These are major risks and their impact is profound and hard to predict. “Facing these challenges successfully will only be possible if you are profoundly resilient,” Davies says. “One could also hope that business engagement with government would result in an attempt to improve the situation – creating policy and regulatory certainty would be a good first step.”

The 2019 elections, for which political parties are already gearing up, is likely to produce adverse conditions for business in the short term even if, in the best case scenario, they ultimately result in a more stable political dispensation.

Geopolitical risks

Most people will immediately identify the American President and his brand of trade diplomacy as the key geopolitical risk at present, but in truth he is simply the exemplar of a global order in the process of massive change. Increasingly, mobile global populations are causing huge changes in the world’s most developed economies and amongst other signs, is an indicator to fundamental change and some measure of socio-economic upheaval.

“One cannot really emphasise enough just how the interconnectedness of everything creates and exacerbates risk,” Davies concludes. “Now, more than ever, organisations need to understand what the building blocks of resilience are, and then set about putting them in place.”

For more information contact ContinuitySA, +27 11 554 8050, cindy.bodenstein@continuitysa.co.za, www.continuitysa.co.za



Credit(s)




Share this article:
Share via emailShare via LinkedInPrint this page



Further reading:

Using fingerprint recognition under COVID-19
Issue 4 2020, Suprema , Editor's Choice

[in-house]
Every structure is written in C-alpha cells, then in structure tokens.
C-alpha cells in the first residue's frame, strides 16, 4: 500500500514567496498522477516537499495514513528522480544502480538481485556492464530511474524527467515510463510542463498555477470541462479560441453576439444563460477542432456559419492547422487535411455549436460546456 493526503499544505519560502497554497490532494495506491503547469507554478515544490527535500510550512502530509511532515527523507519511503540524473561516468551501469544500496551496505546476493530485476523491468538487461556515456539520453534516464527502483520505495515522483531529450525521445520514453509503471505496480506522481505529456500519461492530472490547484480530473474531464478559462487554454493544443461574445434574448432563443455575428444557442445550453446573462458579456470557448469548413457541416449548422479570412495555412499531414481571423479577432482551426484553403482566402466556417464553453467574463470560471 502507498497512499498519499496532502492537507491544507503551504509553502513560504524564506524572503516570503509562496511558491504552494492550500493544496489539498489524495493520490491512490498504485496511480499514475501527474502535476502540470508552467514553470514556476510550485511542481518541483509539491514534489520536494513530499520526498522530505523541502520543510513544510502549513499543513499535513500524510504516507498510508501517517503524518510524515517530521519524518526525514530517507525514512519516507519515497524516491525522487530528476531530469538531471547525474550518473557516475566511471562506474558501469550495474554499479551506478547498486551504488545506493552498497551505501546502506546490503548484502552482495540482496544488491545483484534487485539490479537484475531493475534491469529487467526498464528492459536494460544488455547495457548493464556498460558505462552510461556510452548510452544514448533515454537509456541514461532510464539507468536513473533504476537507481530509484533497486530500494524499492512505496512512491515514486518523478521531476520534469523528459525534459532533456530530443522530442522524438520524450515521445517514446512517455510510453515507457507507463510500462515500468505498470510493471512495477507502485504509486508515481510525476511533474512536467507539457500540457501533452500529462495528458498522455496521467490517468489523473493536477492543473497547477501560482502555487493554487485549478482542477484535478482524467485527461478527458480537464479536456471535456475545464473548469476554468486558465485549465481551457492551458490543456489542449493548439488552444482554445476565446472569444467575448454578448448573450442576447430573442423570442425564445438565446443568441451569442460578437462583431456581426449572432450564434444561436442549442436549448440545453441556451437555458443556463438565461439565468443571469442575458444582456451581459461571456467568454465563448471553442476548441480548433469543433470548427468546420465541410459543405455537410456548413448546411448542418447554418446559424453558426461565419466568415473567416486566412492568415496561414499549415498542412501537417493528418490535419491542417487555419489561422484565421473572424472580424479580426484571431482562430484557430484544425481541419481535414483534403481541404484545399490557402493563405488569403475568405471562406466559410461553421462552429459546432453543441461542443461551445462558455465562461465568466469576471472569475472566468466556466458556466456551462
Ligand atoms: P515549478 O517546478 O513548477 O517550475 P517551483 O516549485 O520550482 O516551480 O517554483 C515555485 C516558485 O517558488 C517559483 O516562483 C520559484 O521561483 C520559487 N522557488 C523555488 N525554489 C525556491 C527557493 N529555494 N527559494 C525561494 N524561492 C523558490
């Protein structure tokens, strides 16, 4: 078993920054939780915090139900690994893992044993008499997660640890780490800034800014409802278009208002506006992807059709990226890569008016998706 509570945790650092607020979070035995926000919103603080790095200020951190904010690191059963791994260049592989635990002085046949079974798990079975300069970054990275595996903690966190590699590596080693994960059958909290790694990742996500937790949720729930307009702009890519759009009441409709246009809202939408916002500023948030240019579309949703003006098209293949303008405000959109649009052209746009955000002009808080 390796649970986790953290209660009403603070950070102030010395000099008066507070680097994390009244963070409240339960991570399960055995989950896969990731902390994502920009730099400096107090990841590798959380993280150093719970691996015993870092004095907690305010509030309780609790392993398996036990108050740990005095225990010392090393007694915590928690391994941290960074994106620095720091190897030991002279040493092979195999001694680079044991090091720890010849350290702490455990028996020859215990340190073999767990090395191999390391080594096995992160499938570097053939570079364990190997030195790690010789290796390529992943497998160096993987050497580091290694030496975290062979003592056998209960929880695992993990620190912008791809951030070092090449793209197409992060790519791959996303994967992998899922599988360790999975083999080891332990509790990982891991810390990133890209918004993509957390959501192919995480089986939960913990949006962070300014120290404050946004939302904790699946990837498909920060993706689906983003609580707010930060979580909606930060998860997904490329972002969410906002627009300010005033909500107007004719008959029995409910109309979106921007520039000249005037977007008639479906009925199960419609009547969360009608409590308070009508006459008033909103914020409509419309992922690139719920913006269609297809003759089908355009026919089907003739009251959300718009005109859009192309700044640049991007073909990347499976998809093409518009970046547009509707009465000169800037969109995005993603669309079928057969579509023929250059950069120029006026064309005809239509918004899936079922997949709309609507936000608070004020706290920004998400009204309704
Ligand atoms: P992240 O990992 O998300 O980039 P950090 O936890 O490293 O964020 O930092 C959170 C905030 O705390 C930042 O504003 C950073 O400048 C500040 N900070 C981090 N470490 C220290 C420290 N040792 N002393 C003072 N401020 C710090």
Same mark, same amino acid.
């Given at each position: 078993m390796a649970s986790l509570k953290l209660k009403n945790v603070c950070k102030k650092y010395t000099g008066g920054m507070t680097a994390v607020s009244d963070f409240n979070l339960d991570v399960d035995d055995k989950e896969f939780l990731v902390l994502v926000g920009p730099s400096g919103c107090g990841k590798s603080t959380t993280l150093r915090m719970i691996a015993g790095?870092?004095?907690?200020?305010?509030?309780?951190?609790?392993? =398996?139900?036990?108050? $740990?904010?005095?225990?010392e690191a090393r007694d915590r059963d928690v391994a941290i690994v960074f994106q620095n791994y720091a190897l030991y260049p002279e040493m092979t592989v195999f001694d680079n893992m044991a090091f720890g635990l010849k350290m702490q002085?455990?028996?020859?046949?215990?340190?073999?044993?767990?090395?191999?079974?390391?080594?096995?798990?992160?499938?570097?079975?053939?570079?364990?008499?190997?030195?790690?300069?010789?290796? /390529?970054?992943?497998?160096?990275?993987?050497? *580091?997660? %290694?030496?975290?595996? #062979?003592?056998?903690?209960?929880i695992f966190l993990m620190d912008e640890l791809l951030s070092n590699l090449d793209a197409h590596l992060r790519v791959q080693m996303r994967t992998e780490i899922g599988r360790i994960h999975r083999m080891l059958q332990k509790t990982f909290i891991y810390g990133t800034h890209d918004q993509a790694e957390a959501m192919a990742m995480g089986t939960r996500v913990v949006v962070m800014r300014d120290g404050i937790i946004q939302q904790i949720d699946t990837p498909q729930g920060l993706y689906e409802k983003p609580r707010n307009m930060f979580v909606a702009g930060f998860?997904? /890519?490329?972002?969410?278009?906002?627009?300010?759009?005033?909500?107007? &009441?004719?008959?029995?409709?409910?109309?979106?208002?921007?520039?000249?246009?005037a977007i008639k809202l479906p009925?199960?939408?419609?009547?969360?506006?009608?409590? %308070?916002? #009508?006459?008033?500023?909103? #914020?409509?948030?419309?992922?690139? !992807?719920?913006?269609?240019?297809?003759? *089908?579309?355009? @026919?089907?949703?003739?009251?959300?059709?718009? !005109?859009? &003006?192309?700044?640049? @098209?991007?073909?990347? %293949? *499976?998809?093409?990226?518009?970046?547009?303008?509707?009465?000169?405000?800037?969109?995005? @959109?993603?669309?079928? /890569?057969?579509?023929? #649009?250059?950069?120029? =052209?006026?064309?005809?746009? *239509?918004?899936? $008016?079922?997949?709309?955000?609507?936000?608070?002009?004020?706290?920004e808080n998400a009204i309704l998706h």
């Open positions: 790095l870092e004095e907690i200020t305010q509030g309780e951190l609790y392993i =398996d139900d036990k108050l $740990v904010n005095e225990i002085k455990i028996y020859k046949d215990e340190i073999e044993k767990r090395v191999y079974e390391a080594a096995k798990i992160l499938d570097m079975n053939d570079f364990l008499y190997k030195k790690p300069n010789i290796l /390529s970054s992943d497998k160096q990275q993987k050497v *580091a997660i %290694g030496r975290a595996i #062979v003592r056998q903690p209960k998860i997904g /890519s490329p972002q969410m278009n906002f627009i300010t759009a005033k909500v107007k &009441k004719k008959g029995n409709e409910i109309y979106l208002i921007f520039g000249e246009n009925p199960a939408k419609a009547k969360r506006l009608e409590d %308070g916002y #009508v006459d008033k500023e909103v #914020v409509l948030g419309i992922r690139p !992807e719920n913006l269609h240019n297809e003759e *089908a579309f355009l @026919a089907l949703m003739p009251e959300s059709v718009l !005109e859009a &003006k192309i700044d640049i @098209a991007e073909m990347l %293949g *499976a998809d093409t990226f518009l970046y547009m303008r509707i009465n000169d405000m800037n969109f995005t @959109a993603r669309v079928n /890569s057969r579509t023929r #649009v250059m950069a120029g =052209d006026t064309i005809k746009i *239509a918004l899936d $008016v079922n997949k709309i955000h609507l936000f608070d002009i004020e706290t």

COVID-19 is raising questions about how safe fingerprint authentication really is, as touching sensors can potentially spread viruses.

Read more...
Resilience is critical for post-COVID business success
Issue 4 2020, ContinuitySA , Security Services & Risk Management
Of the many lessons we have to learn from the current emergency, perhaps the most crucial one is to ensure that business strategy and operations are founded on resilience.

Read more...
From the editor's desk: The worst of times
Issue 4 2020, Technews Publishing , Editor's Choice
While the world is going through a tough time at the moment with the pandemic and seemingly endless economic problems, Hi-Tech Security Solutions and Technews Publishing has had an additional burden of ...

Read more...
Leaders in risk & security: Assessing threat, risk and vulnerability
Issue 4 2020, Sentinel Risk Management, Technews Publishing , Editor's Choice
After serving a 27-year ‘life sentence’ in the military, Andy Lawler has spent over ten years in the private security industry as a risk specialist.

Read more...
IDEMIA launches VisionPass facial recognition
Issue 4 2020, IDEMIA , Editor's Choice
IDEMIA has launched its VisionPass facial recognition solution in Africa, offering secure and contactless access control to companies of all sizes and in all markets.

Read more...
BioCote antimicrobial technology
Issue 4 2020, Salto Systems Africa , Editor's Choice
BioCote helps to reduce the spread of microbes around a building as microbes are not transferred from door to door and surface to surface.

Read more...
Customised personal security app for your workforce
Issue 4 2020, Technews Publishing , Editor's Choice
Zecure takes the idea of app-based security to the business world, providing employees with a suite of applications on hand to cater to their personal security needs.

Read more...
Fulcrum Biometrics expands into Africa
Issue 4 2020, Fulcrum Biometrics , Editor's Choice
Fulcrum Biometrics Southern Africa, a subsidiary of Fulcrum Biometrics in Texas, USA, has been launched in Johannesburg with a number of industry stalwarts at the helm.

Read more...
Paying the ransom doubles cost of recovery
Issue 4 2020 , Editor's Choice
Paying cybercriminals to restore data encrypted during a ransomware attack is not an easy and inexpensive path to recovery.

Read more...
Coping with COVID-19
Issue 4 2020, Sentinel Risk Management, Xone Integrated Security, ISF SFP, Technews Publishing , Editor's Choice
Hi-Tech Security Solutions spoke to four security service providers about their new business reality and how they are coping with the stringent regulations.

Read more...